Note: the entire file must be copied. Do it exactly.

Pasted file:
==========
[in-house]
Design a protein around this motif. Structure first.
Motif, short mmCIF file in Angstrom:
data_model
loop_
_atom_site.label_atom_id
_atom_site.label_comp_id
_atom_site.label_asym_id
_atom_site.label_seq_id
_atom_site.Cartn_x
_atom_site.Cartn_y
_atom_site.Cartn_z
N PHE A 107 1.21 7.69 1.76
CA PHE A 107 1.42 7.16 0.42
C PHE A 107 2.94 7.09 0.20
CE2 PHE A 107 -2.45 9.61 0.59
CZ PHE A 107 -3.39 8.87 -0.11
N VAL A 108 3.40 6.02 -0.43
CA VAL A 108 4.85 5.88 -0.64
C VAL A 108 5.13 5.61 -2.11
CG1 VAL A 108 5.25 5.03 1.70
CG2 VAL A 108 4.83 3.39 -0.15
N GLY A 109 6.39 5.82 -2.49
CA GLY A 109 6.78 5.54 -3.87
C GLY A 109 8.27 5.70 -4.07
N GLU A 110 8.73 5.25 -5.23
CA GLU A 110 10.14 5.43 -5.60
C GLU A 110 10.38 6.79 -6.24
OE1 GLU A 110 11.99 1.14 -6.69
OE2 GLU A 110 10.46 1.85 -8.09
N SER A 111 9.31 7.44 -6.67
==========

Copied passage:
[in-house]
Design a protein around this motif. Structure first.
Motif, short mmCIF file in Angstrom:
data_model
loop_
_atom_site.label_atom_id
_atom_site.label_comp_id
_atom_site.label_asym_id
_atom_site.label_seq_id
_atom_site.Cartn_x
_atom_site.Cartn_y
_atom_site.Cartn_z
N PHE A 107 1.21 7.69 1.76
CA PHE A 107 1.42 7.16 0.42
C PHE A 107 2.94 7.09 0.20
CE2 PHE A 107 -2.45 9.61 0.59
CZ PHE A 107 -3.39 8.87 -0.11
N VAL A 108 3.40 6.02 -0.43
CA VAL A 108 4.85 5.88 -0.64
C VAL A 108 5.13 5.61 -2.11
CG1 VAL A 108 5.25 5.03 1.70
CG2 VAL A 108 4.83 3.39 -0.15
N GLY A 109 6.39 5.82 -2.49
CA GLY A 109 6.78 5.54 -3.87
C GLY A 109 8.27 5.70 -4.07
N GLU A 110 8.73 5.25 -5.23
CA GLU A 110 10.14 5.43 -5.60
C GLU A 110 10.38 6.79 -6.24
OE1 GLU A 110 11.99 1.14 -6.69
OE2 GLU A 110 10.46 1.85 -8.09
N SER A 111 9.31 7.44 -6.67